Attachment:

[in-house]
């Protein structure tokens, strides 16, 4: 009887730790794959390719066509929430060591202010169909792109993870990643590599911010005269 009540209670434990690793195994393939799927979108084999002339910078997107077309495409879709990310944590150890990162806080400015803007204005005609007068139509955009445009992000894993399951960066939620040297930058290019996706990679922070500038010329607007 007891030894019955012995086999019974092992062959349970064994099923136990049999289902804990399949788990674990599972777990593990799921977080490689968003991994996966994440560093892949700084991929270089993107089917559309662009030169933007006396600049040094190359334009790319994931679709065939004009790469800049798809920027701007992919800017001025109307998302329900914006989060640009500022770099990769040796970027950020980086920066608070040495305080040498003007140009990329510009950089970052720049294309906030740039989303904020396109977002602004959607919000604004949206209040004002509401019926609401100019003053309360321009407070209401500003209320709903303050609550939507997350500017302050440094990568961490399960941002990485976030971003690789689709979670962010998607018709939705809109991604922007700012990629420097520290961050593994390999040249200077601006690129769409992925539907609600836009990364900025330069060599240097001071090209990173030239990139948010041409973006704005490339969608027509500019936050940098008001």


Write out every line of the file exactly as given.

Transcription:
[in-house]
């Protein structure tokens, strides 16, 4: 009887730790794959390719066509929430060591202010169909792109993870990643590599911010005269 009540209670434990690793195994393939799927979108084999002339910078997107077309495409879709990310944590150890990162806080400015803007204005005609007068139509955009445009992000894993399951960066939620040297930058290019996706990679922070500038010329607007 007891030894019955012995086999019974092992062959349970064994099923136990049999289902804990399949788990674990599972777990593990799921977080490689968003991994996966994440560093892949700084991929270089993107089917559309662009030169933007006396600049040094190359334009790319994931679709065939004009790469800049798809920027701007992919800017001025109307998302329900914006989060640009500022770099990769040796970027950020980086920066608070040495305080040498003007140009990329510009950089970052720049294309906030740039989303904020396109977002602004959607919000604004949206209040004002509401019926609401100019003053309360321009407070209401500003209320709903303050609550939507997350500017302050440094990568961490399960941002990485976030971003690789689709979670962010998607018709939705809109991604922007700012990629420097520290961050593994390999040249200077601006690129769409992925539907609600836009990364900025330069060599240097001071090209990173030239990139948010041409973006704005490339969608027509500019936050940098008001």